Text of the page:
Name: Anthony Matter

Year: 2023

Major: Computer Science

Extracurricular Activities: Computer Science Club, Club Baseball, Former Intern at Delta Machine and Stanford Linear Accelerator Center (SLAC) National Accelerator Lab.


In a few weeks, many Fowler School of Engineering (FSE) students will be graduating from Chapman University and entering various industries. For some students, that includes continuing their education in graduate school, such as in Chapman’s MS in EECS Program. For others, graduating from FSE signals the start of their postgraduate career journey, entering the workforce in fields such as engineering, computer science, and data analytics. 

One of those FSE students is Anthony Matter. Matter is a graduating senior who majored in Computer Science. Before transferring from West Valley College to Chapman University, Matter interned for Delta Machine, a 3D printing company. A year later, he interned for SLAC National Accelerator Lab at Stanford University. Now, he looks forward to his career with Raytheon Technologies, a defense contractor in Fullerton. Matter was kind enough to share his insight into the process and express his optimism for the future. 


Q&A With Anthony Matter ‘23

Q: What led to your decision to work for Raytheon after graduation?

Matter: Throughout the fall, it definitely was a struggle to find a job. I applied to practically every company I could think of, and wouldn’t hear back or would just get declined. This February, I reached out to David Hartmayer, Raytheon’s Senior Technical Sourcer, through LinkedIn and he was able to expedite my interview process. Through there, I was able to get an offer. With how small the job market is for entry-level jobs, it was a decision that seemed like a good opportunity to get exposure across different fields.


Q: Why did you choose Raytheon? What do you expect to do while working for their company?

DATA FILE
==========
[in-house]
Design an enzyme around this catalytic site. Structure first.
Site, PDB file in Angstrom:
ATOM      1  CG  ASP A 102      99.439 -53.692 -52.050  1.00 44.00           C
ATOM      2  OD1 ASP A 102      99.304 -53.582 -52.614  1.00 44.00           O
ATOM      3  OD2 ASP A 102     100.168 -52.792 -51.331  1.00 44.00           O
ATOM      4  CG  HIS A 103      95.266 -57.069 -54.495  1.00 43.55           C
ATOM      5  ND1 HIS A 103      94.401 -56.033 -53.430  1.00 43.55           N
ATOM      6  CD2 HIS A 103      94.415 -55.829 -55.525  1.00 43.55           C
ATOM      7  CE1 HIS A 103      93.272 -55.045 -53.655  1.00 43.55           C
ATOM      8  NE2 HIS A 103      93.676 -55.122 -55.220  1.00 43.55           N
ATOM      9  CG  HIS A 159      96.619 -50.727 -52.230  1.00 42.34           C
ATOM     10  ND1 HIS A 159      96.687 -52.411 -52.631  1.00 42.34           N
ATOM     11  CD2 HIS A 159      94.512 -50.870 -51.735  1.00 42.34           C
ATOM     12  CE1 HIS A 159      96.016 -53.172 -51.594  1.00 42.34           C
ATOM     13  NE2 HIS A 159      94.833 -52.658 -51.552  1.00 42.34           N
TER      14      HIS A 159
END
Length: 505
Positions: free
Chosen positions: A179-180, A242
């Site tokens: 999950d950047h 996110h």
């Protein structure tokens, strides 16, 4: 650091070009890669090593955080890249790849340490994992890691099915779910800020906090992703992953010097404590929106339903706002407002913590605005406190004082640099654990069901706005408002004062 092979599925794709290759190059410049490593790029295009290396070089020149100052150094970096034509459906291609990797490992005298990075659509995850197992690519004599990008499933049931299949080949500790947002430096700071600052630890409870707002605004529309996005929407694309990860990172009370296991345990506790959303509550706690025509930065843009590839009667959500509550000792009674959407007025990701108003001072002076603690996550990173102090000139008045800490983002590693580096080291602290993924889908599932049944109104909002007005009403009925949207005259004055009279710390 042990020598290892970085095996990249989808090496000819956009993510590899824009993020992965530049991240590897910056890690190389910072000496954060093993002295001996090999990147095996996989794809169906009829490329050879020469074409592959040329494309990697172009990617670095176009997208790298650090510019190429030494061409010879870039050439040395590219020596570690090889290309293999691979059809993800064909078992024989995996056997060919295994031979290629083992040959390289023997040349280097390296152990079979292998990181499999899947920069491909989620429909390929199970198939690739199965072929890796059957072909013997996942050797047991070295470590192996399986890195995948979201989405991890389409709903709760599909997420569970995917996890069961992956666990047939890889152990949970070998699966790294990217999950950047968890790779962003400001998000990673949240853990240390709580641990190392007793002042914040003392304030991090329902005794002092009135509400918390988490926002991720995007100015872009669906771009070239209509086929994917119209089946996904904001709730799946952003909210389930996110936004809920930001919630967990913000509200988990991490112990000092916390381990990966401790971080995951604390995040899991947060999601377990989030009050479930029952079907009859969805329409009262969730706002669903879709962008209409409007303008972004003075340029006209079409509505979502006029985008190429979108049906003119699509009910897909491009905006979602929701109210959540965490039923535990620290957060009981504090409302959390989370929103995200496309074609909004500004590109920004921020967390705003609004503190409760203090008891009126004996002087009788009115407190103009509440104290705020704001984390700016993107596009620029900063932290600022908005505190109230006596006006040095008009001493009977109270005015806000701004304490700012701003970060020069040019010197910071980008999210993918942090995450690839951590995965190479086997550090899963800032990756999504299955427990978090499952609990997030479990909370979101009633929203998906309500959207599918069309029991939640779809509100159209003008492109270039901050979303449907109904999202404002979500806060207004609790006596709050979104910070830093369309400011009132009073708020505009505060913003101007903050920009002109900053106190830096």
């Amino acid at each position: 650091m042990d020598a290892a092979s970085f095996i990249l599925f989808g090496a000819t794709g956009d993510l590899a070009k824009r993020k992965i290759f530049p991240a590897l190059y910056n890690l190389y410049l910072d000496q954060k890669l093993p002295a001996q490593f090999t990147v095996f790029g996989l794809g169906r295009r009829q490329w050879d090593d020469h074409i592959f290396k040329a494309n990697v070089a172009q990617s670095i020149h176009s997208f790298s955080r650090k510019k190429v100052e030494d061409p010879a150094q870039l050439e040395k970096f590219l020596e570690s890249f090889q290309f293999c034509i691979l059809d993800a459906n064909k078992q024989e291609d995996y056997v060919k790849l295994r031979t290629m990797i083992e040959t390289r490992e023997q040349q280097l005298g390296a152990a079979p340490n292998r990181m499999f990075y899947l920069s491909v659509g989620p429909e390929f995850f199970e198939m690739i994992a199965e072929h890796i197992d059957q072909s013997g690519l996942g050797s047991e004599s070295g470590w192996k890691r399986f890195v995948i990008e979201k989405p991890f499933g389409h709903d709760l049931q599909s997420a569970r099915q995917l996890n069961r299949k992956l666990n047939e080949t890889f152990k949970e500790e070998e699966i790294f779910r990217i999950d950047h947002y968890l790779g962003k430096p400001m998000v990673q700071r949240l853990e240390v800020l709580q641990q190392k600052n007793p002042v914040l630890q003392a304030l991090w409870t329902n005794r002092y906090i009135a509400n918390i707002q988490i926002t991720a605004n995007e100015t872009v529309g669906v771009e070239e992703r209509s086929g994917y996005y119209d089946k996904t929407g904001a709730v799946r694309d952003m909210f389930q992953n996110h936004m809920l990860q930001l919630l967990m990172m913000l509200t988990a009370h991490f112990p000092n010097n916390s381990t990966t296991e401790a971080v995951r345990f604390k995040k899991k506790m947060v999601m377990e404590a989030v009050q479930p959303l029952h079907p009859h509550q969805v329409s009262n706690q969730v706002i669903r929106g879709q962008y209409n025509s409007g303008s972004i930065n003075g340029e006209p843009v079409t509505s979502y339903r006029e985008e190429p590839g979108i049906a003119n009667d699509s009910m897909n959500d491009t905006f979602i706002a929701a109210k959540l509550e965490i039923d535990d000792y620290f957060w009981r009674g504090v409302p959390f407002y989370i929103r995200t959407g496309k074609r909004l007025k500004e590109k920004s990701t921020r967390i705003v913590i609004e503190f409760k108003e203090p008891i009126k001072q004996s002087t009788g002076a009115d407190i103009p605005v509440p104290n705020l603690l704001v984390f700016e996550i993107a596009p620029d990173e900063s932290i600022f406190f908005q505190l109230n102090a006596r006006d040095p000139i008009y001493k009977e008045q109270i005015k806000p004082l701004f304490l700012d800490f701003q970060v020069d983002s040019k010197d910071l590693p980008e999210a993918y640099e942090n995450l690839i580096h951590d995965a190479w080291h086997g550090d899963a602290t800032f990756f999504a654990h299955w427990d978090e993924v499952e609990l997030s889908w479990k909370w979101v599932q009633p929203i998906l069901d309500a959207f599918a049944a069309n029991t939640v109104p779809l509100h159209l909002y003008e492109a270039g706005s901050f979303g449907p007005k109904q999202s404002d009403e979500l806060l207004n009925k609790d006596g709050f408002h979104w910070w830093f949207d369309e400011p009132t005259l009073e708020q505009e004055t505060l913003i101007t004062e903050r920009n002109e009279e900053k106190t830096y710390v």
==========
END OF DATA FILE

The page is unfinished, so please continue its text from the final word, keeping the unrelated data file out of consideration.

Matter: The biggest reason why I chose Raytheon is because their program in the beginning allows you to be mentored. Their accelerated program also allows you to meet different people who can help you navigate that world, that space in the industry, so you’re not thrown into the fire right at the get go. In terms of what I’ll be doing, I’m still in the process of getting authorization, but I do know it’ll be associated with Radar and C5I Infrastructure.  


Q: What was your mindset going into this process? What are some things that you wish you knew earlier?

Matter: I would say LinkedIn was a huge help in reaching out to technical recruiters and working with them on how to make your resume better, how to make yourself look better as a candidate. Throughout the fall, I was just blindly applying to places with a resume that I thought was good enough. But when you feed it off to 50 to 100 companies, there’s no brand. Most of the time, they’re getting stacks of resumes. They may not even get yours, and at that point, they may just be skimming to see the “perfect candidate.” So, reaching out to people through LinkedIn in the spring and getting that personable connection was the biggest challenge. If I were to redo this process again, I would have begun networking in the fall.


Q: What do you hope to learn and gain out of your experiences at Raytheon? 

Matter: To be honest, I think what makes Raytheon a great choice early on is because I’m not entirely sure where I want to take my career. That’s the view of this position—it exposes you to many different avenues. The hope for me is, through that exposure, by then, I’ll know where I want to delegate all my skills towards. I have a fear that I’ll be complacent in my learning. One of the things I do enjoy is learning new things with people and companionship. I do not want to have a job that sits me in a cubicle and lets me do my own work. I love the teamwork and comradery that comes with working towards a common goal. That’s something I’m for sure going to hang onto throughout my experience in computer science. 


Q: What advice do you have for underclassmen overall who are looking for similar opportunities.

Matter: Persevere [laughs]. It’s a tough market right now. Don’t hang your head if you apply to 20-25 places and you’re not getting feedback. Just keep applying, keep tailoring your resume. Do side projects on your own, companies like when you’re more passionate about your field than just doing the schoolwork. That there’s actually some extra passion that lets them know you’re going to give it your all without directly saying it. One piece of advice is showing what you’re about rather than just saying what you’re about. You can show through your experiences that you’re capable of taking on any task that they put on you. That goes way further than just putting on your resume, “I am responsible,” “I am that.” Your experiences should be your biggest highlight.